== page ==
Lecture | The Great Unity Ideal: The Key to China's Imperial Longevity?


Lecture Information:

Speaker: Yuri Pines (尤锐)

Host: Lu Yang (陆扬)

Theme: The Great Unity Ideal: The Key to China's Imperial Longevity?

Date: October 10 (Wednesday), 2018

Time: 19:00–20:30

Location: Room B101, Second Gymnasium, Yenching Academy, Peking University

Language: English


One of the most notable features of imperial China is its exceptional durability. Having been established in 221 BCE in the aftermath of Qin (秦) unification, the imperial political system lasted for 2132 years, until the abdication of the child emperor Puyi (溥仪) on February 12, 1912. The empire was not indestructible— to the contrary, it underwent manifold crises, including longer or shorter periods of political disintegration. Yet remarkably, the unified empire was repeatedly resurrected at the very least in “China proper” (roughly comparable to the territory under control of the founding Qin dynasty). Such repeated resurrections of a huge territorial entity spanning more than twenty centuries are not attested to elsewhere in world history.

In Professor Yuri Pines’ talk, he will argue that the key to understanding the reasons for the imperial resurrections lies within the realm of ideology and the dominant political culture. The idea that peace and stability in “All-under-Heaven” is attainable only in a unitary state ruled by a single omnipotent monarch was formed in the centuries preceding the Qin unification, at the apex of political fragmentation of the Warring States period (453-221). Having become the common desideratum of the competing “Hundred Schools of Thought”, the ideal of “Great Unity” remained fundamental to Chinese political culture for millennia to come. By denying legitimacy to any but unifying regimes, this ideal facilitated common quest for reunification during the periods of fragmentation. The idea that “Stability is in Unity” became China’s foremost self-fulfilling prophecy.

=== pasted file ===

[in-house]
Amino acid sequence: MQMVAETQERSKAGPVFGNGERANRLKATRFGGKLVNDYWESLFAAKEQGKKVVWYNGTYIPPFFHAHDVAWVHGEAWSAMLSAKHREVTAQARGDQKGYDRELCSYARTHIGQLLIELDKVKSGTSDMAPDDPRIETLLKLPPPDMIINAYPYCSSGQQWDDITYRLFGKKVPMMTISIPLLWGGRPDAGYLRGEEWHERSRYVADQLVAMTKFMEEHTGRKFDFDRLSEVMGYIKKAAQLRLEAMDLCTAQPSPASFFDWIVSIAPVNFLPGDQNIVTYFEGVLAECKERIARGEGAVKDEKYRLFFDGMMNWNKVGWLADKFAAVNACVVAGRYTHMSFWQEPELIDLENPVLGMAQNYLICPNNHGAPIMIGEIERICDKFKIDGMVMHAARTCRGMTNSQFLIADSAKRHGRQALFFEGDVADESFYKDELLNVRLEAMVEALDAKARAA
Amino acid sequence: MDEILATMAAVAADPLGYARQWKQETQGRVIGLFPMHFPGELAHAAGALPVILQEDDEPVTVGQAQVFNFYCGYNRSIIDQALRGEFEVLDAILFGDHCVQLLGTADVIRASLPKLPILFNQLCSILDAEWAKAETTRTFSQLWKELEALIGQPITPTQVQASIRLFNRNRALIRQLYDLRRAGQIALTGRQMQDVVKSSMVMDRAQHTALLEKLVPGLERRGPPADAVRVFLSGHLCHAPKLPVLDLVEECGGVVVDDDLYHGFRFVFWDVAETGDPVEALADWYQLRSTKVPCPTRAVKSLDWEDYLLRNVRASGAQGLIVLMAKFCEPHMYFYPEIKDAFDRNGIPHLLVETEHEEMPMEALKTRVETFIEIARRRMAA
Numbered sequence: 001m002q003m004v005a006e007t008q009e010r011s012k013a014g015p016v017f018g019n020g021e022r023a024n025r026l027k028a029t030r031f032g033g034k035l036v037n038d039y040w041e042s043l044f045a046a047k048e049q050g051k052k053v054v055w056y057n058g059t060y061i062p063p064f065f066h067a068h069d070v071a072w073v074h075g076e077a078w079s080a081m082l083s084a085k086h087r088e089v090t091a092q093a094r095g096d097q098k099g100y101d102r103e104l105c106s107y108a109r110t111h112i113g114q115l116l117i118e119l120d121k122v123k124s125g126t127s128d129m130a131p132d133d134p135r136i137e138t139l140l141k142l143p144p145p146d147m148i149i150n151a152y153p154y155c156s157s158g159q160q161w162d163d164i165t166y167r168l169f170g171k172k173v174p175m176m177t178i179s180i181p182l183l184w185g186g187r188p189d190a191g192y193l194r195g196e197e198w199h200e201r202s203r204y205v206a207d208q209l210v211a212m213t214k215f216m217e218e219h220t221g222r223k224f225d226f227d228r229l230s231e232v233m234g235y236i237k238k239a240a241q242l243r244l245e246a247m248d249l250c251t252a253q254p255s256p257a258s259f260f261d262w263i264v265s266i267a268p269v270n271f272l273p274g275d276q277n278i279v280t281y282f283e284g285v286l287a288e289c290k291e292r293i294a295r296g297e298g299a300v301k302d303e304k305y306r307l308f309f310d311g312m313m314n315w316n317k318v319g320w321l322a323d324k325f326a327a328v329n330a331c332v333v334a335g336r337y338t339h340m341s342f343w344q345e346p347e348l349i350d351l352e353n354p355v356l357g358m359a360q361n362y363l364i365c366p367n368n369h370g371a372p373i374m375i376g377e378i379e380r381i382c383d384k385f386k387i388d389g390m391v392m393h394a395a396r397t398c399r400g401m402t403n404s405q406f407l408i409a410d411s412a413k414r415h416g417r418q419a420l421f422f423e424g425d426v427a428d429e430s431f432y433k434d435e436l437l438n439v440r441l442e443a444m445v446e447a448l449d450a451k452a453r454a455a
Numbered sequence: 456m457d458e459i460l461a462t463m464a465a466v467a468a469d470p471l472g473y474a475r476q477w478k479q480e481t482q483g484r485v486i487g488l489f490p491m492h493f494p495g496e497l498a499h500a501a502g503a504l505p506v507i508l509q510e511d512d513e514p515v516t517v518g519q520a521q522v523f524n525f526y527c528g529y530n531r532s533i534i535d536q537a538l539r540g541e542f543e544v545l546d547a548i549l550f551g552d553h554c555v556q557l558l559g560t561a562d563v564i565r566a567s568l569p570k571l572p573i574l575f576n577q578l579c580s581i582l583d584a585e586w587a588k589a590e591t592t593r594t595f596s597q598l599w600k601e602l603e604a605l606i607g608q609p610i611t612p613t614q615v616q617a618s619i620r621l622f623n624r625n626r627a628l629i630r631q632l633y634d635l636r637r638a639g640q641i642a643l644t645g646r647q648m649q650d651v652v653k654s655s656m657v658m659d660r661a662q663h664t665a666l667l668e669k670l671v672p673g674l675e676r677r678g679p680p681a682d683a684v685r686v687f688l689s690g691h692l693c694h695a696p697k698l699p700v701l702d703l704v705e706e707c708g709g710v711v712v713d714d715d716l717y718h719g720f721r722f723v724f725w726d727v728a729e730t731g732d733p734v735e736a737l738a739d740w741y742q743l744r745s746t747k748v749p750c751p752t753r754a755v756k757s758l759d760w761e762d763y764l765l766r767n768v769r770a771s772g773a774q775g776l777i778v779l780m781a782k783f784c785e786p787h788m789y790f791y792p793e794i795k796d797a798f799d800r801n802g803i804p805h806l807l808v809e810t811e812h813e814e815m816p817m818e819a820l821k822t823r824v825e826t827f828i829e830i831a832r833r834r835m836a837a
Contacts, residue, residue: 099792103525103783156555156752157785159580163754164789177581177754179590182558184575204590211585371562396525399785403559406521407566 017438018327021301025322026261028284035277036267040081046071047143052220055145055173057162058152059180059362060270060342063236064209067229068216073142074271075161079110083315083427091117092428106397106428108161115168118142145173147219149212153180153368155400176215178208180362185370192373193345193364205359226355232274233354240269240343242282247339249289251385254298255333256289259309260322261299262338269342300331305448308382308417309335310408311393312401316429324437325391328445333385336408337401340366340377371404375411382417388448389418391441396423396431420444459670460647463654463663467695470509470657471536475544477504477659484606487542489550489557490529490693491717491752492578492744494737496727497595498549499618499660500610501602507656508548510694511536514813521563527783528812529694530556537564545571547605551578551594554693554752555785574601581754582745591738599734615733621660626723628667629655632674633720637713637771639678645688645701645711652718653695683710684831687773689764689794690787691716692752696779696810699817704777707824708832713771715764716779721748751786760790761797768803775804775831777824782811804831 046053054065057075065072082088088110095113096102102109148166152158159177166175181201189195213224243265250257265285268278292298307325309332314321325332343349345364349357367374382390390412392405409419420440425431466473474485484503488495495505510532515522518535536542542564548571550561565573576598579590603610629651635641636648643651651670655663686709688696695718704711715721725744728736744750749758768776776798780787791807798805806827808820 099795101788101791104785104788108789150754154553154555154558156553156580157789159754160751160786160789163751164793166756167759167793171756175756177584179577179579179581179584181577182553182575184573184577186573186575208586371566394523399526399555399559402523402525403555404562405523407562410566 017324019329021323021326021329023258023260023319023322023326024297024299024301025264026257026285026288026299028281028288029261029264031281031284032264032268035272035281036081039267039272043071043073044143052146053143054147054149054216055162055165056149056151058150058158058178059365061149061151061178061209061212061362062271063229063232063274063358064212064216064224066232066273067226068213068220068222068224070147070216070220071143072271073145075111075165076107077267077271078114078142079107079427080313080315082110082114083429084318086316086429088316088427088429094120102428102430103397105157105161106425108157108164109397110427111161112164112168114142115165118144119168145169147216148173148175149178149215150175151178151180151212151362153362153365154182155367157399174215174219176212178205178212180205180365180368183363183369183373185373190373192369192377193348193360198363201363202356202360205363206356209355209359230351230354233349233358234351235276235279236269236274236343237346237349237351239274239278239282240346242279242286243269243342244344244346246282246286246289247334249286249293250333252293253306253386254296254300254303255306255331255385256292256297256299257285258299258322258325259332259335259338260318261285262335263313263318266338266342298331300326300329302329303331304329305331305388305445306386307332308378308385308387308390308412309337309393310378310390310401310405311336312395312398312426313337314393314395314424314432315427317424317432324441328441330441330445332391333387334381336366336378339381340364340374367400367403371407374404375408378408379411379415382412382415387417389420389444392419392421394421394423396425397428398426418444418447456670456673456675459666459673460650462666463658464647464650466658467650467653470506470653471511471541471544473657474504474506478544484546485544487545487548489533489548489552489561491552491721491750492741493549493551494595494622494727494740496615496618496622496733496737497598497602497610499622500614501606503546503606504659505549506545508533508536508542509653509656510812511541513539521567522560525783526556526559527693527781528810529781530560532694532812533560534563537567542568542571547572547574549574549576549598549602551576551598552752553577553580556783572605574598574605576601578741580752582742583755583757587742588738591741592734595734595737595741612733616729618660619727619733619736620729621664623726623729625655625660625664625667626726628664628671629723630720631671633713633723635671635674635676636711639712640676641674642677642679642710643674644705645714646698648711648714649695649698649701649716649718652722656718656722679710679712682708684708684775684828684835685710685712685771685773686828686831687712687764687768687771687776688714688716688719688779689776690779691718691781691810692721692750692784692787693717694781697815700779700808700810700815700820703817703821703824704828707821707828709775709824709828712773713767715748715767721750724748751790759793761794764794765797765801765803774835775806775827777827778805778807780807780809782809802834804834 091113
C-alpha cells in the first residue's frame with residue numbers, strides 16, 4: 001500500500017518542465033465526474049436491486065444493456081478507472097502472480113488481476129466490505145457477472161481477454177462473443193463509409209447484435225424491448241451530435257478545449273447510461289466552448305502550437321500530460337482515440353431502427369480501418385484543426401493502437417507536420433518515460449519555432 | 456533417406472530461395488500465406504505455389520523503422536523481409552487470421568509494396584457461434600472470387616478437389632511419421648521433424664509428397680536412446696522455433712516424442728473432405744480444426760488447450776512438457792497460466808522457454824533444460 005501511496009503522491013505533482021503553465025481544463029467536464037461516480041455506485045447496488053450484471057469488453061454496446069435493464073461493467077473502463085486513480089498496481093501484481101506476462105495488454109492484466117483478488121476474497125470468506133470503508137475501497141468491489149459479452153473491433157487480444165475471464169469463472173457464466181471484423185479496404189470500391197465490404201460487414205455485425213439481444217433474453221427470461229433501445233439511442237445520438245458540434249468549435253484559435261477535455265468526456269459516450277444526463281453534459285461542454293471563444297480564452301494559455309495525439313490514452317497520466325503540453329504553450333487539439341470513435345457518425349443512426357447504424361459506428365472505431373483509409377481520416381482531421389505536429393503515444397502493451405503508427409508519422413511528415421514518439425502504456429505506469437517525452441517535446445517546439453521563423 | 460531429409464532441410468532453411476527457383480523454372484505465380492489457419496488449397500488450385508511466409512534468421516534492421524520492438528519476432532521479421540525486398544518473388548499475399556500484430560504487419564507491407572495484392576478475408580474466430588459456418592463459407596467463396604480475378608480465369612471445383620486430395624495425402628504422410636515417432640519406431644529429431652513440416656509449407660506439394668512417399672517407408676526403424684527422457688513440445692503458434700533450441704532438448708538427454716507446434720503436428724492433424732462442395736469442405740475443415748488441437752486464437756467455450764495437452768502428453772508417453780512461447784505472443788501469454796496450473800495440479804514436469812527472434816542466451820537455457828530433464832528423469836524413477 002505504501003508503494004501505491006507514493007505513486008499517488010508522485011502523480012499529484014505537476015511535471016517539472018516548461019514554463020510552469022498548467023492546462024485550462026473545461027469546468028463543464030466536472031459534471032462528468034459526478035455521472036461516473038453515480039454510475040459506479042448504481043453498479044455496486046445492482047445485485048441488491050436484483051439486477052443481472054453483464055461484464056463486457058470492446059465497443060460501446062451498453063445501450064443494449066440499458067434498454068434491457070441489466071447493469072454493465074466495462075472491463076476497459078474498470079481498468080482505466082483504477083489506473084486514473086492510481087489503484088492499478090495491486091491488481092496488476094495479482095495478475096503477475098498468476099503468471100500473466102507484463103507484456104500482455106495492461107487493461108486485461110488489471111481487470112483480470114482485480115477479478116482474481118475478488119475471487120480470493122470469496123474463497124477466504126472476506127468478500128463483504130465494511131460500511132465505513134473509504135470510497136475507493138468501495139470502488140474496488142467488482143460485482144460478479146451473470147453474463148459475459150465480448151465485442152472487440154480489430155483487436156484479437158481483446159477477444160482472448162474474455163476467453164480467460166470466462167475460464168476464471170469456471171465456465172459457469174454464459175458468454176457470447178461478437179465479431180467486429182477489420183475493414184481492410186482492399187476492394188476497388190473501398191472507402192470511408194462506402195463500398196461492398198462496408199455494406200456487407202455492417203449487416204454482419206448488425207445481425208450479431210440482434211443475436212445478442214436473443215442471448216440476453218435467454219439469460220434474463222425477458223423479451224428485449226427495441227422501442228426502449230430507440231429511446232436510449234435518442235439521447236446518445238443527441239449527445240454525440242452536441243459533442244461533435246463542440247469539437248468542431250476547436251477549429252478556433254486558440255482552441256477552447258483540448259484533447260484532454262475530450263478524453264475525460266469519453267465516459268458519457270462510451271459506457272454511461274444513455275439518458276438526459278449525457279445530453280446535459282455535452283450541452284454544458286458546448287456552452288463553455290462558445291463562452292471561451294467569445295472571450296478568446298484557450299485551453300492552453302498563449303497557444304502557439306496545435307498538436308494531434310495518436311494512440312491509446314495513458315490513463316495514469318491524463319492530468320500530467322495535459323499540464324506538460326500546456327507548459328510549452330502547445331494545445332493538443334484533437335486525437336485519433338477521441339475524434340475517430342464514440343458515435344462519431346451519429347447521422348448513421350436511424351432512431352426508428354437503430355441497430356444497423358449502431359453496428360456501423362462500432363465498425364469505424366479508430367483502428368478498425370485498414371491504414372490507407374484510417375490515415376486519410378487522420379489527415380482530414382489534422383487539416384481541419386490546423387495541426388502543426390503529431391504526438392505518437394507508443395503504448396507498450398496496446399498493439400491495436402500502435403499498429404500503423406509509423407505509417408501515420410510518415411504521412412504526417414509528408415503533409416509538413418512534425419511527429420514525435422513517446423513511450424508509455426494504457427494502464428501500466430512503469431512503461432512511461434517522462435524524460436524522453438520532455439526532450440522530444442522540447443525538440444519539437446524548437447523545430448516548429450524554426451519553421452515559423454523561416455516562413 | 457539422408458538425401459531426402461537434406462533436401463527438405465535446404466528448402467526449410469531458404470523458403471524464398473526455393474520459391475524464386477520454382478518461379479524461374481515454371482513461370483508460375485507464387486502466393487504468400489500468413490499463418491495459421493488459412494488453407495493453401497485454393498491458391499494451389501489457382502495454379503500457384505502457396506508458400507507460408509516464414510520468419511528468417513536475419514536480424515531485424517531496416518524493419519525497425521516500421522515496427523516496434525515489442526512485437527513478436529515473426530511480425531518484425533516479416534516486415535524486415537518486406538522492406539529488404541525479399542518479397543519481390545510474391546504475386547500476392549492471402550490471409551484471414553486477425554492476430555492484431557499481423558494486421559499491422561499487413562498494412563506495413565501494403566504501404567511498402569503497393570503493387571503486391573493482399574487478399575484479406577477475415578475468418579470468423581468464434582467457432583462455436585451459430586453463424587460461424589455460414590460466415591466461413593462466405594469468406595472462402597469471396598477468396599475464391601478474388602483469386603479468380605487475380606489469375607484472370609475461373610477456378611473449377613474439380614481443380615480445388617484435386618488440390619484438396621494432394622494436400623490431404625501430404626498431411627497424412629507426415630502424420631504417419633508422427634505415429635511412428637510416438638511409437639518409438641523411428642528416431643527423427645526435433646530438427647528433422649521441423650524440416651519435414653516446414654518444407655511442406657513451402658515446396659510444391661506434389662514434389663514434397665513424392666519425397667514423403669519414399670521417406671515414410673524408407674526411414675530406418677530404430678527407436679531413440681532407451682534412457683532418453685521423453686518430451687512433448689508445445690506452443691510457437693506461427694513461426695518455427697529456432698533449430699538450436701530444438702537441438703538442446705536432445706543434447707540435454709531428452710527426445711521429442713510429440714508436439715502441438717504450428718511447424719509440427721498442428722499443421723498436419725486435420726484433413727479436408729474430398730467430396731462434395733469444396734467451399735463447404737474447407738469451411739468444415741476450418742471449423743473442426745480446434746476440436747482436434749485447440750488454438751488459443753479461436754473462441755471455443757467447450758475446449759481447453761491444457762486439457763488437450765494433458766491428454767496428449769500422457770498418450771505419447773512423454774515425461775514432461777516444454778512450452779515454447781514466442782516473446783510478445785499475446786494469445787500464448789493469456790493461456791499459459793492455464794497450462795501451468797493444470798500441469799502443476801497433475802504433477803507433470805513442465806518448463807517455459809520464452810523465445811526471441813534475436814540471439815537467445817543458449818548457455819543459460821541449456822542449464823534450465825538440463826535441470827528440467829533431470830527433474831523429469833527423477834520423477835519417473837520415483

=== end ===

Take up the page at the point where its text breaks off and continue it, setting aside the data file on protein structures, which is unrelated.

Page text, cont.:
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Yuri Pines (尤锐)  is Michael W. Lipson Professor of Asian Studies, the Hebrew University of Jerusalem, Chair Professor Nankai University and Visiting Professor, Beijing Normal University. His research focuses on early Chinese political thought, traditional Chinese political culture, early Chinese historiography, and history of pre-imperial (pre-221 BCE) China; most recently, he is engaged in comparative studies of imperial formations worldwide.

His major monographs include The Book of Lord Shang: Apologetics of State Power in Early China is due in New York: Columbia University Press (2017); The Everlasting Empire: Traditional Chinese Political Culture and Its Enduring Legacy (Princeton: Princeton University Press, 2012); Envisioning Eternal Empire: Chinese Political Thought of the Warring States Era (Honolulu: University of Hawaii Press, 2009); Foundations of Confucian Thought: Intellectual Life in the Chunqiu Period, 722-453 B.C.E. (Honolulu: University of Hawaii Press,2002). He co-authored (with Gideon Shelach and Yitzhak Shichor) 3-volumes All-under-Heaven: Imperial China (in Hebrew, Raanana: Open University Press, first volume 2011, second volume 2013, the third is forthcoming); co-edited together with Lothar von Falkenhausen, Gideon Shelach and Robin D.S. Yates the Birth of an Empire: The State of Qin Revisited (Berkeley: University of California Press, 2014), and with Paul R. Goldin and Martin Kernthe Ideology of Power and Power of Ideology in Early China (Leiden:Brill, 2015). He also published over 100 articles and book chapters.